While going through Internet articles for SkaDate Dating Software Monthly Roundups, I always stumble upon a few stories about online dating scammers. These things just never go away, since new people join new dating sites all the time, and then fall into the same traps.
Luckily, it seems that mainstream media no longer blames the industry itself for this unfortunate situation, and actually understands now that scammers will find a way to con others even without using online dating services.
Still, as an owner of a dating site (running on SkaDate dating script or not), it is in your best interest to know everything about scammers’ techniques, spot them on time, and forewarn your members about potential dangers. Here’s a few pointers to share with you community.
First of all, scams are virtually unavoidable in our business. In the immortal words of Dr. House, “Everybody lies”. But there is no need to weed out every single harmless untruth about your members’ age or look – those are a part of the game. It is when things are getting serious and money talks are involved, that your direct intervention is required.
Take for instance, the infamous Nigerian Dating Scam. It boils down to your potential partner working (serving in the military) in Nigeria (any other country but yours) and asking you for the money. It might not happen right away and wouldn’t be a direct request, of course, although cases like that have been documented as well.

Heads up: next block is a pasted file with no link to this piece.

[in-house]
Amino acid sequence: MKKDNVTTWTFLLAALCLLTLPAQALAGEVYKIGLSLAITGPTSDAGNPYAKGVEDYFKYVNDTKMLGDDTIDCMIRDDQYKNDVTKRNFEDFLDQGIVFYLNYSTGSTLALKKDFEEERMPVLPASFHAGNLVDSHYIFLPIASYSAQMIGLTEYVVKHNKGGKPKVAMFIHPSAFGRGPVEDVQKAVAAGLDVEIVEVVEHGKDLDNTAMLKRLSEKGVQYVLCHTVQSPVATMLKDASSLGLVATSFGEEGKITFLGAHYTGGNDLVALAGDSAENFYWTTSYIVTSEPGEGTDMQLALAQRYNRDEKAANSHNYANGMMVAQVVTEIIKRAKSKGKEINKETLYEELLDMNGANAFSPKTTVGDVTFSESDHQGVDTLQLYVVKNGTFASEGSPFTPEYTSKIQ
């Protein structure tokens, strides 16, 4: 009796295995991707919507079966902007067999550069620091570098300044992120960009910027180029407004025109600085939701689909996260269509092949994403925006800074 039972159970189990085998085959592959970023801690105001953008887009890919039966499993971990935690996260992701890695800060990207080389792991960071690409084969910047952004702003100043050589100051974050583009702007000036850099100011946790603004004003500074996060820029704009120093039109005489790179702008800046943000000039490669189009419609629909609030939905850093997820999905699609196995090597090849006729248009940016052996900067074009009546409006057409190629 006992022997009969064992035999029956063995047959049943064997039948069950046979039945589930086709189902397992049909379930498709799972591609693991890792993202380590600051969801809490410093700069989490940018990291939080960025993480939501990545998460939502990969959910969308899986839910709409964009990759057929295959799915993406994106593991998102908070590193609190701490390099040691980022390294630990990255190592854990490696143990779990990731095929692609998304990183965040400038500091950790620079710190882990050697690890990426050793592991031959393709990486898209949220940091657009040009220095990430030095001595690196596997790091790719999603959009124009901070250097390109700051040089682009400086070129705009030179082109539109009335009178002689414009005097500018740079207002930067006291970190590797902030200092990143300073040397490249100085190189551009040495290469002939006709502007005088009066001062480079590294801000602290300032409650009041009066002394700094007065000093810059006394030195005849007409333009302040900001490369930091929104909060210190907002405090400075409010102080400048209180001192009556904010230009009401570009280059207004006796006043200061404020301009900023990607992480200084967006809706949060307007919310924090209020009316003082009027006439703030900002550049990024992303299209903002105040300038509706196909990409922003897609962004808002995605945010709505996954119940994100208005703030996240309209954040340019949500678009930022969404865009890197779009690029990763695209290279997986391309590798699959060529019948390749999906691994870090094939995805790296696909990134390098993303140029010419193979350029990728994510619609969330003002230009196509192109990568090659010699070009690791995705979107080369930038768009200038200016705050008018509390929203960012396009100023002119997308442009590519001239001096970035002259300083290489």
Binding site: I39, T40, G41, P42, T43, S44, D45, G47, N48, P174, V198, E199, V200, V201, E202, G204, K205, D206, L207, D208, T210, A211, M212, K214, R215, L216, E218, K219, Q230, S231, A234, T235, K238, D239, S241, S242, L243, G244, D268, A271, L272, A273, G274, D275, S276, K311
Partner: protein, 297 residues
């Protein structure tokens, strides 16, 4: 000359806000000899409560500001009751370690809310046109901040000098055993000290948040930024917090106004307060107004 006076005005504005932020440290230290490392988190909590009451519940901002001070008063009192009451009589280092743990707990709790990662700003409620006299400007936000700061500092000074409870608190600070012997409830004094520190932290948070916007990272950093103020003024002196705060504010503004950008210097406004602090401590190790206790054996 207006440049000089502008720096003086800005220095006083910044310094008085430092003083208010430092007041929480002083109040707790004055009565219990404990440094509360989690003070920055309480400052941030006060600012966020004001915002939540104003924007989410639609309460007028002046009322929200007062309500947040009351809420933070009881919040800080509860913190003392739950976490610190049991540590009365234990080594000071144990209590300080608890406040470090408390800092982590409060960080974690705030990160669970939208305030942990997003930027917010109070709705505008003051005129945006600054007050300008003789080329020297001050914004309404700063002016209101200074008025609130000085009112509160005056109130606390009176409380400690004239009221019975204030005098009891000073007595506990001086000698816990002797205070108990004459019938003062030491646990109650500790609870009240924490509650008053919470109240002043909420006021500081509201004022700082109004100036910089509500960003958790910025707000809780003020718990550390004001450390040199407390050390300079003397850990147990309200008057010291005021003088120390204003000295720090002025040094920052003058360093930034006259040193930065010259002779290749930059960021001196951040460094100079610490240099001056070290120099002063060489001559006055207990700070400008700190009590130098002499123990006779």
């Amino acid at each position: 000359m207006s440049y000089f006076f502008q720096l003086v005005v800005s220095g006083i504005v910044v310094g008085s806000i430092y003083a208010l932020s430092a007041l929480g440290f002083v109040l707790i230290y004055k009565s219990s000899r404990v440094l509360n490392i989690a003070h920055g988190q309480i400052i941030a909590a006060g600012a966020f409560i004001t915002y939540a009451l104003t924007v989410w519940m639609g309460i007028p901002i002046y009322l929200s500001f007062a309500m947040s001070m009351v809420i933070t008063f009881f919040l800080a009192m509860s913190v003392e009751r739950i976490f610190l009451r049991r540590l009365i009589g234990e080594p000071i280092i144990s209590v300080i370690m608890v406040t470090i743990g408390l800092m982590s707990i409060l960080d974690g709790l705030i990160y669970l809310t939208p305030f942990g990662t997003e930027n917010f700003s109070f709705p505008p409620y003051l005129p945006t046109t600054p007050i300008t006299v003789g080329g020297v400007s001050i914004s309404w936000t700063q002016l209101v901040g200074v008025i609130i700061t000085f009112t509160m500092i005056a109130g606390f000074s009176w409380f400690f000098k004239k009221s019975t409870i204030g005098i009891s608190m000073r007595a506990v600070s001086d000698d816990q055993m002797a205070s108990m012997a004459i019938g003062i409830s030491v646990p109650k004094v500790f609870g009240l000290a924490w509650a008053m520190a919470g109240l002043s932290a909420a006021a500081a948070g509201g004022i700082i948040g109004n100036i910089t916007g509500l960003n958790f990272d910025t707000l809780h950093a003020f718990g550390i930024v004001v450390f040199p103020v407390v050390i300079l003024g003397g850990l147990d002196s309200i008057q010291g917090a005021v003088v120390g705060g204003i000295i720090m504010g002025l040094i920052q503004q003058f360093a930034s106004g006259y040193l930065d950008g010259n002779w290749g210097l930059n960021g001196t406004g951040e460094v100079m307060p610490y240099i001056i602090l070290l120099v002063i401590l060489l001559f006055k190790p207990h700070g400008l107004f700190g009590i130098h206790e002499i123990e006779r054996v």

Once the initial online relationship started and shows the promise of growing into something bigger, the match will display a sudden urge to meet in person, but will always encounter numerous insurmountable obstacles.
Said obstacles can be removed exclusively with your help, or more specifically, your ability to send money to Nigeria (alternatively, cash money orders, which inevitably end up counterfeit). Needless to say, anyone falling for this will end up both brokenhearted and with an empty bank account in no time.
This con is so widespread that even Wall Street Journal wrote about it. The details change from case to case, but the underlying emphasis on international money transfer stays intact in each sad story.
Then there are less obvious ‘Unfaithful Spouse’, ‘Russian Bride’, or “Gold Digger’ scams, which will milk your wallet slowly, or simply drive you insane. For a more comprehensive look at all the scams going strong at the moment, check out the Official Romance Scams Website.
Here is a quick reference check-list to see if you are becoming a target of a scammer’s plot:
- Your match is quick to profess love to you;
- Your match frequently pushes your emotional buttons;
- Your match insist on communication via email or Skype (not dating site);
- Your match says they are from the same country with you (US), but are currently abroad;
- Your match is hit with a series of unfortunate circumstances;
- YOUR MATCH ASKS FOR YOUR MONEY;
In the end, everything boils down to a couple of simple rules. Stay alert and don’t let the prospect of true love sweep you off your feet – be logical. No matter how intense your Internet love affair seems to be, a person isn’t likely to ask a stranger for finances – there are friends, families, and special services just for that.
Avoid starting serious long-distance relationships if possible. And of course, never wire money to someone asking for it on a dating site. No matter how kind or trusting person you want to seem, this practice is unlikely to result in the start of a healthy relationship anyway.